6. Gray areas make me glad that I’ve achieved live-alone status. I’m happy to retire into a blissful gray-free zone after years of marriage, bosses, co-workers and child raising. Loving life in the easy lane!

  7. Excellent post, Wynne.
    This is so true, “But I try not to argue that they should be feeling something else because it compounds the feeling. They stay stuck trying to prove what they are feeling instead of transitioning to the next phase of how to make it better.”
    That brings me to the oft-repeated dialogue between my hubby of 47 years and me.
    “I am just venting, dear. Please just listen. I don’t want you to look for a solution, give me advice, agree with me, reason, or say everything will be alright.”
    Hubby, the oldest sibling among four brothers (and no sister), an engineer, and a project manager, didn’t realize that when I say I want to vent, that’s what I meant. (I, on the other hand, am the oldest among three sisters and used to sharing everything with them and my mum.) And his job was not to project manage, but to listen attentively. No matter how responsible and protective he feels towards little, old, me or how he can’t see me hurt and wants to put everything right by me.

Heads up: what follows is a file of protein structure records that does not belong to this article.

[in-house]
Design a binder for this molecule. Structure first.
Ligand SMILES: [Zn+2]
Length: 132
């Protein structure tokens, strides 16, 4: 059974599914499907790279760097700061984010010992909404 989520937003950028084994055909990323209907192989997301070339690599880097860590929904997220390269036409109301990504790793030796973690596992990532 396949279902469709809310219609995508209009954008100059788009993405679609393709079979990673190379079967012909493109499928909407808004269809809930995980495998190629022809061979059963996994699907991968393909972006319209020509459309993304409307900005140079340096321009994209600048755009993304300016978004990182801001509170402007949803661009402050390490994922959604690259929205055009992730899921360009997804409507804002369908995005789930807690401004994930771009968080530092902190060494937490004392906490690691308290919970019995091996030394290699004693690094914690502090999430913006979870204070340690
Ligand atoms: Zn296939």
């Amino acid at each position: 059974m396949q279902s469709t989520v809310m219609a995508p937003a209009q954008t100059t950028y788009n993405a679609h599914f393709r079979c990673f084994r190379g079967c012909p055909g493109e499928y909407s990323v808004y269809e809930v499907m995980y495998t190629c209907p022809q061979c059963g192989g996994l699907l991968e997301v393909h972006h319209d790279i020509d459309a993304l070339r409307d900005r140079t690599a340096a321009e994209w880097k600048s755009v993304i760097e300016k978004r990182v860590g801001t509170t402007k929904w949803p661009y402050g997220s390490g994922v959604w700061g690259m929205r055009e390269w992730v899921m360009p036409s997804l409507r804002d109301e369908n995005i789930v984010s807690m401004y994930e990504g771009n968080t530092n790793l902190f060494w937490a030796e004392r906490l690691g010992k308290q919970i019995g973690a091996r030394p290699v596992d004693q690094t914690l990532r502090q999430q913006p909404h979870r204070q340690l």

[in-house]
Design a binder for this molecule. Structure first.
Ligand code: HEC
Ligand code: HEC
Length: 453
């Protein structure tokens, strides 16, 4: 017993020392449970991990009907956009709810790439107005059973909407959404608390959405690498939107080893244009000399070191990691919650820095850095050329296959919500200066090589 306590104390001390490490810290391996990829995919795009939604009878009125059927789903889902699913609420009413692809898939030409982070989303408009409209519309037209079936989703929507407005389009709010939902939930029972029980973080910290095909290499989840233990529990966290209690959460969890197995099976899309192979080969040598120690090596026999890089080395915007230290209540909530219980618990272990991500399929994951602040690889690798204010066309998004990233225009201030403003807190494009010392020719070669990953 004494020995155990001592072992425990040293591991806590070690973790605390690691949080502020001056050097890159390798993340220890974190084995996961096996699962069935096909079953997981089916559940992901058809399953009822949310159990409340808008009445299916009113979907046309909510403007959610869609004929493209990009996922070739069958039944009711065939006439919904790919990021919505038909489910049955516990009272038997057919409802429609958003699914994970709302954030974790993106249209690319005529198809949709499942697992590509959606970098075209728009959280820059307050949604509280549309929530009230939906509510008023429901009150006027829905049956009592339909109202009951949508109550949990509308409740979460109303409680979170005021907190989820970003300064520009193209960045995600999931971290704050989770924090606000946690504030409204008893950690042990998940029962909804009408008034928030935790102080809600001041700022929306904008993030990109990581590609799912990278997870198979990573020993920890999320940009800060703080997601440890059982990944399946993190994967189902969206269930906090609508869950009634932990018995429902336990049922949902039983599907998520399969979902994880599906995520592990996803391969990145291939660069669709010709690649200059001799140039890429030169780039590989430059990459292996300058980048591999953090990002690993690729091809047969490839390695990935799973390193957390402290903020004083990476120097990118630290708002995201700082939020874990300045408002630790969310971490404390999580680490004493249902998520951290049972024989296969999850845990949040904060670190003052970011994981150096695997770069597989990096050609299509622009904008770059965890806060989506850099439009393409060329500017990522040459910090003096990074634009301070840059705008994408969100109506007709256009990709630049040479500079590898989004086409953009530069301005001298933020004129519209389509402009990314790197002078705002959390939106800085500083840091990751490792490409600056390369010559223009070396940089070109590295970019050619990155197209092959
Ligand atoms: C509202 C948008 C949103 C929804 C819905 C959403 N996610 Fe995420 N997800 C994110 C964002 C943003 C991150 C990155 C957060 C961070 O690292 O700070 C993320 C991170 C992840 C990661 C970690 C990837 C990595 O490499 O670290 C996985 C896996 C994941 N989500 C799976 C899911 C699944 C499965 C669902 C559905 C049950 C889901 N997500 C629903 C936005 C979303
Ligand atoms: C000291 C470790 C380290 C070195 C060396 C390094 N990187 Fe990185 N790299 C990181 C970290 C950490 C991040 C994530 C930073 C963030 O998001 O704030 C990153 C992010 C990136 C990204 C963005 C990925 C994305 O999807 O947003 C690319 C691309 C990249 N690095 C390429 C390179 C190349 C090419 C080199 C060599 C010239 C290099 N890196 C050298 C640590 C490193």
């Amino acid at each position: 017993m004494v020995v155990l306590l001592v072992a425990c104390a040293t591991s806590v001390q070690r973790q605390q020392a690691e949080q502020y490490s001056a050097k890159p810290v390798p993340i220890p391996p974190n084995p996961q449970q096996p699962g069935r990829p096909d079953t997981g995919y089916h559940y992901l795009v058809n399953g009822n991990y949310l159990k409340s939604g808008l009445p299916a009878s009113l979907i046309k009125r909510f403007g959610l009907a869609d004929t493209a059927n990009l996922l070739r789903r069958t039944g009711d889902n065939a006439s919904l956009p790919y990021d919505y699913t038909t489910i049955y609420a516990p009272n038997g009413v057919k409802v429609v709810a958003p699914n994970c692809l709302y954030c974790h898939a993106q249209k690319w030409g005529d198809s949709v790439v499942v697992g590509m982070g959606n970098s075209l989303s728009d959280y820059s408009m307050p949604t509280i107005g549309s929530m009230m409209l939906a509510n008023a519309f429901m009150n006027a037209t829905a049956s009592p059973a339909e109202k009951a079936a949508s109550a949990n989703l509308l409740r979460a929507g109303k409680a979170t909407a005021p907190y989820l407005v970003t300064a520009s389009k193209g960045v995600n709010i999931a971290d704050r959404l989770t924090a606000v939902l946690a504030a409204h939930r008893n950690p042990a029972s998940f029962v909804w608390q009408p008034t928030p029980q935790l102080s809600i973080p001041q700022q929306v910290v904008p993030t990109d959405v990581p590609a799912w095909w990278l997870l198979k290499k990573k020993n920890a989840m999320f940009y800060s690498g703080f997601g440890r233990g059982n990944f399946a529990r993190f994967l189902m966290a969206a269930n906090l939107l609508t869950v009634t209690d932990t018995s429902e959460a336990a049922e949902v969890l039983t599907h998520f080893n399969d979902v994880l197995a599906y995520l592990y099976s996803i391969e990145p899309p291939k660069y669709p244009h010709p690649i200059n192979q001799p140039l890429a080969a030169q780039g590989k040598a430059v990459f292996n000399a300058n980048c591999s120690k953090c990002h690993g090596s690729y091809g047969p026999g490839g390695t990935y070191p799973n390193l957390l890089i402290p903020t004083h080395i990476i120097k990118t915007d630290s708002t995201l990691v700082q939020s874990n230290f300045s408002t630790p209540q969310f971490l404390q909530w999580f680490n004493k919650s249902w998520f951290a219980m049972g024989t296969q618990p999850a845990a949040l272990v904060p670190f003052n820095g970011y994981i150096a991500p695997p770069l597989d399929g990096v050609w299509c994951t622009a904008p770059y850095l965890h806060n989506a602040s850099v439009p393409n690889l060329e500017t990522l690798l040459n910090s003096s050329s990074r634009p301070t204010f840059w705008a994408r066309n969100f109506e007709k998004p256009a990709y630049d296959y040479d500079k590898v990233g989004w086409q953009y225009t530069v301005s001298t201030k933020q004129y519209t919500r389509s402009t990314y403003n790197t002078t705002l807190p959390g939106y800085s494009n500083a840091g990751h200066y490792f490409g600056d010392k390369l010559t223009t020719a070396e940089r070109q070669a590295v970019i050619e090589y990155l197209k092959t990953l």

Now, if I say more than a few sentences without the preamble, “I am going to vent”, he will ask, “Is this you venting, or is it a dialogue or a discussion between us?”
    So some gray areas remain a little tricky, even with a lot of practice! Haha

    1. Oh, I love this wonderful example you provide, Chaya! 47 years – and you’ve figured out what preamble is necessary and he’s figured out what clarifying question to ask. That is great – and still tricky to navigate. The gray area… 🙂 Thanks for reading and commenting – it makes it so fun to have these examples!! XOXO

  8. I’d read this post previously, but had become sidetracked and never commented. But… if you’d seen me reading it, then or now, you’d have seen me grinning along with the threshold chart (our household is 100% the same), then looking thoughtful when you got to the deeper applications. Such great stuff, all of it! 🤍

  9. The cartwheels! LOL, reminded me of my granddaughter who broke a finger in a cartwheel race with a friend. She was so intent on the race she didn’t see the metal railing.